Today, the grandparents had our little one, so the wife and I went to the Indianapolis Museum of Art and the Lilly House. The Lilly House is also known as the Oldfields estate, and is the legacy of the Lilly family, heirs of Civil War general Eli Lilly and the Lilly pharmaceutical giant based here in central Indiana.
Besides the very nice galleries, which was rife with treasures and artifacts that I could use in a game as plot hooks, the Lilly House (which is on the same grounds) would make an excellent location to include. Best of all, it comes complete with an already made floor plan and its own history.
I can see this historical home transforming into the estate of alchemists with a storied past of oils, potions, and powders that have had some seriously bad side effects. But with their connections and deep coffers, the local guilds and government look the other way. Or if you are a World of Darkness fan, this could be a new arm of Pentex.
This is all pretty much inspired by true events if you happen to research Lilly Corporation’s history of suppressing unfavorable test results, secretly settling out of court, and manipulating the system. If you can’t tell, I am a little fed up with the current drug and medical systems that have entrenched themselves in today’s society, but that would be a discussion for another type of blog. But it makes for good conflict in a table top RPG.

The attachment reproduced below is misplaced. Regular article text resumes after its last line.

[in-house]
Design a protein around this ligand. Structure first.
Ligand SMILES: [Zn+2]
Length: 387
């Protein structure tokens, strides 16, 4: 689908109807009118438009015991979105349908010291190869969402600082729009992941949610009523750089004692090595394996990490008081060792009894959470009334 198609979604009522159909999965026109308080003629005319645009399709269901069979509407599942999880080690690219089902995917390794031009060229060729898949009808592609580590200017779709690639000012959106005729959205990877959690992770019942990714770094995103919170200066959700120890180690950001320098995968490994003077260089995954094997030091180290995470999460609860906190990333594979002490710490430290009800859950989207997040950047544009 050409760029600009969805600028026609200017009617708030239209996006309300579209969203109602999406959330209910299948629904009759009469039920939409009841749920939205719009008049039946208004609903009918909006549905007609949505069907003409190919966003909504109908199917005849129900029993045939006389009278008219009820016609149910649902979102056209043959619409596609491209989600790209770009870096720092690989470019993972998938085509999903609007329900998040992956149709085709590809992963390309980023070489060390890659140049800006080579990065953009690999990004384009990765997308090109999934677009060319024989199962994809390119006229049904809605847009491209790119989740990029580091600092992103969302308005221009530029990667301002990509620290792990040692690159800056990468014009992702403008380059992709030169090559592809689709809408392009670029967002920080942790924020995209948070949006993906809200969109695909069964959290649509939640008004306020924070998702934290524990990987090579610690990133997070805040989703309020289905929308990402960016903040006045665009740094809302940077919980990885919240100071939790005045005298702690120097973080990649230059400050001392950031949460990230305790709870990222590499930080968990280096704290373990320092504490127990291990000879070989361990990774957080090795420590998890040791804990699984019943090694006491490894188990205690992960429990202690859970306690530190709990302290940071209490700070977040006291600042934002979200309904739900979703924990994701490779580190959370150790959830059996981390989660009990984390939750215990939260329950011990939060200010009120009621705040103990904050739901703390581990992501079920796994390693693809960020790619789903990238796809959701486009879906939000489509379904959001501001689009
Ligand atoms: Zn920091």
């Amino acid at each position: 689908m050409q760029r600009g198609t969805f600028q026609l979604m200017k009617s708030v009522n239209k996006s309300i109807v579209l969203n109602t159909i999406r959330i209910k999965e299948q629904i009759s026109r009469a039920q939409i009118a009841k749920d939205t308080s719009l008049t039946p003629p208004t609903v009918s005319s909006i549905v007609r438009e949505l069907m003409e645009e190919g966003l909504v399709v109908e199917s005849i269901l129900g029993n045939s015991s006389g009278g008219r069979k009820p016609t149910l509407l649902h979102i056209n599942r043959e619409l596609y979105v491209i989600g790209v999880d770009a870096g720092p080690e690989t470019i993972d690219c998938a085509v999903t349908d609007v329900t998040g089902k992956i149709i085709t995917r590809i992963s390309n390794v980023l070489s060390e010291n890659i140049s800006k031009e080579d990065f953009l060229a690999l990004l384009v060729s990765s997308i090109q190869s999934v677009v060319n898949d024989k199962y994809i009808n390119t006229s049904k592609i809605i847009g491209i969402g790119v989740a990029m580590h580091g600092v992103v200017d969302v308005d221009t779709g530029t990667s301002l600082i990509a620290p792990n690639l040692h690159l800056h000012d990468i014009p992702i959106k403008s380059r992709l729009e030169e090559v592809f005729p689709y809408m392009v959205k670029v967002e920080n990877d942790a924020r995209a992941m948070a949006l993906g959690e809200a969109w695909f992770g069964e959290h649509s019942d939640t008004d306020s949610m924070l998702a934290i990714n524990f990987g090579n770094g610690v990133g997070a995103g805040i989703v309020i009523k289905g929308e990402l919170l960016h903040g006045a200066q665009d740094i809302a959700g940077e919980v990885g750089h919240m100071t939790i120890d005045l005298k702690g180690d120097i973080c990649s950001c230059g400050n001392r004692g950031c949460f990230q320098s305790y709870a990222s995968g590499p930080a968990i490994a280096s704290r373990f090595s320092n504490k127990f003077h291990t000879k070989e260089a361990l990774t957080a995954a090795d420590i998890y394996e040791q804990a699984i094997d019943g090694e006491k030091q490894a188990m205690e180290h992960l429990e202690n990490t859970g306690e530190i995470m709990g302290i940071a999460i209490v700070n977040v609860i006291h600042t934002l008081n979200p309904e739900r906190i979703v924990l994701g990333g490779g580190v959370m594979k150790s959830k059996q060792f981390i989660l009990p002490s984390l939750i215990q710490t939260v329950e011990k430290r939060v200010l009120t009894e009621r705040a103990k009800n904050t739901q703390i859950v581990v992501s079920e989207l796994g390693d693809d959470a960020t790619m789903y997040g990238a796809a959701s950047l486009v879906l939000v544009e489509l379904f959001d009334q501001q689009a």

We had also planned on visiting Crown Hill Cemetery, which is actually located on the same street as the IMA, but unfortunately, we ran out of daylight. I am not against exploring a graveyard after hours, but wife would not be game.
Crown Hill Cemetery is the 3rd largest cemetery (over 500 acres) in the United States and is now the permanent home of several famous personalities from the annals of history, including John Dillinger as well as a president and several vice presidents.
Crown Hill also has a darker history. There are almost 700 unmarked graves for children that “died while in the care of the city’s three public orphanages — the Indianapolis Children’s Asylum, the Board of Children’s Guardians Home and the Asylum for Friendless Colored Children — between 1892 and 1980. Slightly more than half of the 699 buried on the hill were boys, two-thirds of the children were white and their ages ranged from only a few months to 15 years old.” (Nuvo Magazine)
This is just a sampling of the opportunities to be scavenged from local resources. Next time you are in need of an interesting location with some history, look no further than your own “back yard.”